Godzilla 3D (12A)

Yorkshire Post - Culture & The Guide - - REVIEWS -

THERE is a re­fresh­ingly retro feel to this lat­est in­car­na­tion of the daddy of all movie mon­sters that is redo­lent of the days when the con­cept of “less is more” guided a di­rec­tor’s hand.

What’s more, Gareth Ed­wards proves he can bring off a multi-faceted sto­ry­line that packs death, de­struc­tion, the threat of nu­clear apoca­lypse, fa­ther/ son bond­ing, the force of Mother Na­ture and a 200ft high di­nosaur from the depths into 111 min­utes.

Deep be­neath the earth some­thing is stir­ring. When it emerges – a glow­ing-eyed winged de­mon – it is not some­thing mankind can de­feat. Some­thing big­ger is needed…

Godzilla is packed with themes, sub­plots, ref­er­ences and nods to other movies. Yet un­like the slew of re­cent comic-book adap­ta­tions it holds fast to drama and avoids cheesy hu­mour. This is a plau­si­ble thriller that pays trib­ute to its Ja­panese past but rock­ets the story into the 21st century. The ef­fects are first rate, the sense of pow­er­less­ness tan­gi­ble and au­then­tic, the emo­tion raw and the ter­ror gen­uine. It is pop­u­lated with ant-like fig­ures run­ning in panic and awe. If ir­ra­di­ated be­he­moths were lay­ing waste to your neigh­bour­hood, you’d run too. a theatre critic with­out see­ing A Taste of Honey.

Which is why I want to thank di­rec­tor Mark Babych for mak­ing it feel like I was watch­ing this clas­sic of Bri­tish theatre for the first time.

She­lagh De­laney’s ex­tra­or­di­nary piece of work has be­come lum­bered with be­ing A Very Im­por­tant Play.

It came at a time when the An­gry Young Men were re­claim­ing a form of ex­pres­sion they had been de­nied for far too long. It’s easy, when faced with a work of such stature to treat it rev­er­en­tially, to put on white gloves to carry it out of its pro­tec­tive bub­ble. I never want to see an­other ver­sion of Look Back in Anger pre­sented as though I were watch­ing it in a mu­seum. In or­der to di­rect A Taste of Honey for this Hull Truck Theatre pro­duc­tion, Babych has taken the gloves off. The re­sult is a piece of work that is im­me­di­ate, vis­ceral and heart-wrench­ing and it makes you view the play in a whole new light.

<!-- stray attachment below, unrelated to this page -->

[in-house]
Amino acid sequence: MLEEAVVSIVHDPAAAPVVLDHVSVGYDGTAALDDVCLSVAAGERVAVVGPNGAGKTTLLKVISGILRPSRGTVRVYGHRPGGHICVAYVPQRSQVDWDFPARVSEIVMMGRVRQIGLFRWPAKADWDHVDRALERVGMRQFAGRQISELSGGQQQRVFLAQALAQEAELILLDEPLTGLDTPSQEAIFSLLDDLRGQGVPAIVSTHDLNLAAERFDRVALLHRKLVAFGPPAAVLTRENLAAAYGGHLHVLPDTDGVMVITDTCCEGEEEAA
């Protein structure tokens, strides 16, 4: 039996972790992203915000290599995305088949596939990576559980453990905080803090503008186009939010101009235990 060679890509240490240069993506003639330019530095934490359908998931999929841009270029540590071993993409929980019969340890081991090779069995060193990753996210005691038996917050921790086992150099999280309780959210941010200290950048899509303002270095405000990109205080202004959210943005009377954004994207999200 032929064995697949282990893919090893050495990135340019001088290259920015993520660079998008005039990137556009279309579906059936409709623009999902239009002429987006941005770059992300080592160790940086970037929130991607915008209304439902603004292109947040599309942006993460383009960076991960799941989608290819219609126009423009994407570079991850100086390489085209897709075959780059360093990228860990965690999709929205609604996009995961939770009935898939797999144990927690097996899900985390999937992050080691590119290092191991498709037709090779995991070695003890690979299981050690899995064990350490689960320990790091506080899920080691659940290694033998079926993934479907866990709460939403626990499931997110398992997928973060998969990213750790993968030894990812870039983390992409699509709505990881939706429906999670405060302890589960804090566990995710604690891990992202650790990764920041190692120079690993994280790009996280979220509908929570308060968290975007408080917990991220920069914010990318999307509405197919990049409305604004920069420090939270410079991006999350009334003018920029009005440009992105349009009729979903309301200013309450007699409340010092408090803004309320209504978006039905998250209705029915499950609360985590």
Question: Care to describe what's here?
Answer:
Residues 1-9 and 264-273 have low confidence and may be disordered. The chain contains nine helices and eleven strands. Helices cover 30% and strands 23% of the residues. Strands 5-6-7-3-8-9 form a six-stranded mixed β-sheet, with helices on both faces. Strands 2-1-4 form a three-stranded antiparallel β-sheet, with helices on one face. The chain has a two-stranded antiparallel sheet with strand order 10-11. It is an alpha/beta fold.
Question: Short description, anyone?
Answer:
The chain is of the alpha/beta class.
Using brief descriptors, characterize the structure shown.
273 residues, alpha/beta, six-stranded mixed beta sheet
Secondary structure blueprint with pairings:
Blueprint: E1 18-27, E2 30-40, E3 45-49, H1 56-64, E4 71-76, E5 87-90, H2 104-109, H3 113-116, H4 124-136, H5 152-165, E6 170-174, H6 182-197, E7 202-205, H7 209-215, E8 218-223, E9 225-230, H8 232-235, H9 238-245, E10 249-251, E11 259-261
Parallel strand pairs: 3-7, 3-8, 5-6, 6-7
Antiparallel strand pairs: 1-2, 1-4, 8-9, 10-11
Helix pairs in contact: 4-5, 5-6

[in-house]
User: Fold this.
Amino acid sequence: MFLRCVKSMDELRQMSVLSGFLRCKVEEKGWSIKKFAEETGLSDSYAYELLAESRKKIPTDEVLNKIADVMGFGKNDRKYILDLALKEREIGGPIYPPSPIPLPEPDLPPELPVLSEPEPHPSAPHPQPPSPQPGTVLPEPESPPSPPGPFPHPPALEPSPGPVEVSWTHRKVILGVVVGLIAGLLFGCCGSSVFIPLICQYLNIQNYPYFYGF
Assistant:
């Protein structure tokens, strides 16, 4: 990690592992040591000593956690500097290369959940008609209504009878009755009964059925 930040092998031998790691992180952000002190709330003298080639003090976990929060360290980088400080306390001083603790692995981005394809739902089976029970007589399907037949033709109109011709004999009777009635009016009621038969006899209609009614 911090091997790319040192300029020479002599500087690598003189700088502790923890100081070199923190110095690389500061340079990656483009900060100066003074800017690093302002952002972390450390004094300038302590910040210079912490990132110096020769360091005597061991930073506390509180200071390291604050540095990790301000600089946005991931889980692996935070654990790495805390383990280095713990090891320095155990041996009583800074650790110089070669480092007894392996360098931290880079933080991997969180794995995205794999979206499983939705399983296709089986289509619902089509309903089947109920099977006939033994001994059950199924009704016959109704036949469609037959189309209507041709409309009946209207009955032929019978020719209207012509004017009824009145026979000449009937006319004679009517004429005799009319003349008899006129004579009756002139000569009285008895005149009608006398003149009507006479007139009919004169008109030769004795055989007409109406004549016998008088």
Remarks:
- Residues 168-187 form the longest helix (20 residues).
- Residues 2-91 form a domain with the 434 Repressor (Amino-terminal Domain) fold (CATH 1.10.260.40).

By get­ting down and dirty, not wor­ry­ing about the anachro­nisms (the prospect of a mixed race baby was far more shock­ing than to­day. I hope) and sim­ply dig­ging right into the heart of the piece, Babych has given new life to De­laney’s words.

He­len is a feck­less mother, a story told with a ge­nius piece of spar­sity by De­laney, by hav­ing her daugh­ter call her by her first name. Loose with her morals, He­len has brought up a typ­i­cally re­bel­lious teenager in Jo, who is as head­strong and de­ter­mined as her mother is flighty and un­re­li­able. It is, of course, Jo who falls preg­nant with the baby of a sailor and has to suf­fer the con­se­quences. Babych has helped Julie Ri­ley as He­len and Re­becca Ryan as Jo find the emo­tional heart in two bril­liant per­for­mances. Ryan in par­tic­u­lar, as the wil­ful Jo, is elec­tri­fy­ingly good. This play’s never looked so vi­tal.

To May 17. SJT, Scar­bor­ough, May 20-24, York Theatre Royal, July 8-12. SOME­TIMES it’s good to dust off the old clas­sics and be re­minded of just how good they are.

Sure, it’s old fash­ioned and yes it harks back to an Eng­land that prob­a­bly never re­ally ex­isted, with men dress­ing in black tie and women in ball gowns for din­ner in coun­try houses full of ec­centrics, but that’s not a rea­son to con­sign the clas­sics to his­tory. Di­rec­tor Damian Cruden wisely chooses to do lit­tle other than present a straight­for­ward telling of the story in a de­sign by Nigel Hook that might have been cre­ated to al­low theatre crit­ics to use the word sump­tu­ous. It is beau­ti­ful, as are the cos­tumes as is the story.